Night Shop Presents: Emma Ruth Rundle / Jaye Jayle / Izabel Crane
21 AND OVER
The cover to Emma Ruth Rundleâ€™s fourth solo record, On Dark Horses, bears a blurry photo of the songwriter obscuring her face with a large toy horse with broken legs. The photo suggests something candid but also hidden, graceful but also fracturedâ€”a fitting portrait for an artist who has established a career by vacillating between shrouding herself in mystery and exposing her wounds to the world. Her first solo release, Electric Guitar: One, was a collection of Frippian guitar instrumentals written and recorded in the backseat of a tour van during her tenure in Red Sparowes. Itâ€™s a record devoid of context, revealing nothing of Rundleâ€™s personal narrative. The first peek behind the curtain came with Some Heavy Ocean, where layers of distortion were excised in favor of acoustic guitar and Rundleâ€™s beguiling vocals. There was a distinct difference by the time Rundle released Marked For Death, a stark and deeply personal meditation on mortality and self-destructive behavior. Her entire musical trajectoryâ€”from the cinematic instrumentals of Red Sparowes to the lush haze of Marriages and onward through her solo careerâ€”seems like a gradual disclosure of intimate secrets. With On Dark Horses, Rundle doesnâ€™t shy away from uncomfortable realities or retreat into a private world, but it does capture an artist who has survived their personal nadir and come out stronger on the other side.
â€œIn the wake of weak beginnings, we can still stand high,â€ Rundle sings over banks of electrified minor chords and ghostly guitar leads on â€œDarkhorseâ€. Itâ€™s a statement of purpose and a recurring motif throughout the album. â€œThe record is about overcomingâ€”understanding and embracing the crippling situation and then growing beyond it,â€ Rundle says. â€œHorses keep working their way into the lyrics and visual dimension of this record. Theyâ€™re powerful and beautiful yet not free really. So the dark horse works for me in a visual way, as a representation of a contained force that will win the race or exceed the expectation of society and self.â€ The horse metaphor takes a darker turn on the reverb-soaked gothic Americana song â€œRacesâ€, where Rundle draws a parallel between alcoholism and being a â€œtouring vampire wastoidâ€¦ creeping around in the night dragged along by the need.â€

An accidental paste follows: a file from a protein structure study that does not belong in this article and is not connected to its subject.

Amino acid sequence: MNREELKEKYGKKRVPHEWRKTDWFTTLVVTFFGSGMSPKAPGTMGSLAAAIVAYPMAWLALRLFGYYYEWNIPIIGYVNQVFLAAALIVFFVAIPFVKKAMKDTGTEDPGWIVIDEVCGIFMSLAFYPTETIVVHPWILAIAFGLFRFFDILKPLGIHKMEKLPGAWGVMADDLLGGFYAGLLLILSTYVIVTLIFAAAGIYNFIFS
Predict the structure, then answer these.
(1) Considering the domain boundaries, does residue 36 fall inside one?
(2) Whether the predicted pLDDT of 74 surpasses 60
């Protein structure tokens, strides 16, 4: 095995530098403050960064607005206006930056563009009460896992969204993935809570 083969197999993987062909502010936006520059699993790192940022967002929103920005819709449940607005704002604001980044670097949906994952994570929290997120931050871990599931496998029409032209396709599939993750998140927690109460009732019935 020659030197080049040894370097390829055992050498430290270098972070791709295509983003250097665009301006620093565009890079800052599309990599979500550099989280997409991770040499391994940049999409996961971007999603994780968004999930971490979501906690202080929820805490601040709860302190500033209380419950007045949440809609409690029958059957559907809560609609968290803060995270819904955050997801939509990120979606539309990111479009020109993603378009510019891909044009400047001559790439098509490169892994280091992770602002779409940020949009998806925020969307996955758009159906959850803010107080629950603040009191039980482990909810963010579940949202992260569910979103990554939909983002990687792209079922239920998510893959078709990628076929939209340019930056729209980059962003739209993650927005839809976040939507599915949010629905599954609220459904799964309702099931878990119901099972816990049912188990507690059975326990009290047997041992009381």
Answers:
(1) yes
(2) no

Taking the full arrangements of Marked For Death on the road demanded a backing band, which Rundle pieced together from tour companionsâ€”first Dylan Nadon from Wovenhand and Git Some and later Evan Patterson and Todd Cook from Jaye Jayle. Rundleâ€™s budding romance with Patterson prompted a move to Louisville, Kentucky, which not only amplified the equestrian themes of the record but also yielded a new writing process. â€œThis the first time I havenâ€™t played all the guitars on my own record,â€ Rundle says of Pattersonâ€™s contributions to the writing process. â€œIt was stressful letting go but it was also rewarding.â€ The collaboration worked both ways, with Rundle contributing to Jaye Jayleâ€™s No Trails and Other Unholy Paths. That albumâ€™s â€œMarry Usâ€ mirrors On Dark Horsesâ€™ â€œLight Songâ€, with the union of Rundleâ€™s siren vocals and Pattersonâ€™s poised baritone conjuring a dizzying and feverish update on the duets of Johnny Cash and June Carter.
On Dark Horses was written in the fleeting moments of downtime during Rundleâ€™s relentless touring schedule in the latter half of 2017 and into the early months of 2018. It was engineered and produced by Kevin Ratterman at LA LA LAND in Louisville, Kentucky over the course of ten days in February and March. Sargent House is proud to release On Dark Horses to the world on September 14, 2018 on CD/LP and all digital formats.